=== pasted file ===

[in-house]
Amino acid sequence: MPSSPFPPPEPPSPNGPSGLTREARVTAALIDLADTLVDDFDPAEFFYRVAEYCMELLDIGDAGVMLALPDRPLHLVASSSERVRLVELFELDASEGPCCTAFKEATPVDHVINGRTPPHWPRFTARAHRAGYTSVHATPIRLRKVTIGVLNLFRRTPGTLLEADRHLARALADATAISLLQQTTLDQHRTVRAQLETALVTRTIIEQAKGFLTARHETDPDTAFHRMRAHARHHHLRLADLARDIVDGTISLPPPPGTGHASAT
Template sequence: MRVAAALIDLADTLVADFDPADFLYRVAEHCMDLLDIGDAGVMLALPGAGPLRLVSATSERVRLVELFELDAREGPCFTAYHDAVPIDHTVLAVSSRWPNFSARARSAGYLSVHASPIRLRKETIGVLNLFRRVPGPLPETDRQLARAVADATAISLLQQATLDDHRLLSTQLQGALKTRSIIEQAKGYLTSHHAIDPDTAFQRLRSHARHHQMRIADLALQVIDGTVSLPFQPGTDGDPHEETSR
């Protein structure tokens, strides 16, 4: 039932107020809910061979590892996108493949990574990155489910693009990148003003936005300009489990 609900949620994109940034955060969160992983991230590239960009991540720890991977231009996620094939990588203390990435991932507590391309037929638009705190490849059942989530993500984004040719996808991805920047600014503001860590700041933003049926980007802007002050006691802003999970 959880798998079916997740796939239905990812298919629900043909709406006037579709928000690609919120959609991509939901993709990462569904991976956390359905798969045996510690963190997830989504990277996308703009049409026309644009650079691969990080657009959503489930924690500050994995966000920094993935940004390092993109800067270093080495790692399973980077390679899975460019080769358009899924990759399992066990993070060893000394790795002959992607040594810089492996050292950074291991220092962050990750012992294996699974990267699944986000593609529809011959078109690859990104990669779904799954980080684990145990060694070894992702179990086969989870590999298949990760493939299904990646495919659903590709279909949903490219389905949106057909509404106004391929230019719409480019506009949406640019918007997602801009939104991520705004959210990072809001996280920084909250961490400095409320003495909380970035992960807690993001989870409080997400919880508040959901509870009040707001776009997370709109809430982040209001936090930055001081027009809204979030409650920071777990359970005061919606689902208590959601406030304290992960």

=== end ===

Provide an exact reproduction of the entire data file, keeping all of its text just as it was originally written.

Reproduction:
[in-house]
Amino acid sequence: MPSSPFPPPEPPSPNGPSGLTREARVTAALIDLADTLVDDFDPAEFFYRVAEYCMELLDIGDAGVMLALPDRPLHLVASSSERVRLVELFELDASEGPCCTAFKEATPVDHVINGRTPPHWPRFTARAHRAGYTSVHATPIRLRKVTIGVLNLFRRTPGTLLEADRHLARALADATAISLLQQTTLDQHRTVRAQLETALVTRTIIEQAKGFLTARHETDPDTAFHRMRAHARHHHLRLADLARDIVDGTISLPPPPGTGHASAT
Template sequence: MRVAAALIDLADTLVADFDPADFLYRVAEHCMDLLDIGDAGVMLALPGAGPLRLVSATSERVRLVELFELDAREGPCFTAYHDAVPIDHTVLAVSSRWPNFSARARSAGYLSVHASPIRLRKETIGVLNLFRRVPGPLPETDRQLARAVADATAISLLQQATLDDHRLLSTQLQGALKTRSIIEQAKGYLTSHHAIDPDTAFQRLRSHARHHQMRIADLALQVIDGTVSLPFQPGTDGDPHEETSR
């Protein structure tokens, strides 16, 4: 039932107020809910061979590892996108493949990574990155489910693009990148003003936005300009489990 609900949620994109940034955060969160992983991230590239960009991540720890991977231009996620094939990588203390990435991932507590391309037929638009705190490849059942989530993500984004040719996808991805920047600014503001860590700041933003049926980007802007002050006691802003999970 959880798998079916997740796939239905990812298919629900043909709406006037579709928000690609919120959609991509939901993709990462569904991976956390359905798969045996510690963190997830989504990277996308703009049409026309644009650079691969990080657009959503489930924690500050994995966000920094993935940004390092993109800067270093080495790692399973980077390679899975460019080769358009899924990759399992066990993070060893000394790795002959992607040594810089492996050292950074291991220092962050990750012992294996699974990267699944986000593609529809011959078109690859990104990669779904799954980080684990145990060694070894992702179990086969989870590999298949990760493939299904990646495919659903590709279909949903490219389905949106057909509404106004391929230019719409480019506009949406640019918007997602801009939104991520705004959210990072809001996280920084909250961490400095409320003495909380970035992960807690993001989870409080997400919880508040959901509870009040707001776009997370709109809430982040209001936090930055001081027009809204979030409650920071777990359970005061919606689902208590959601406030304290992960």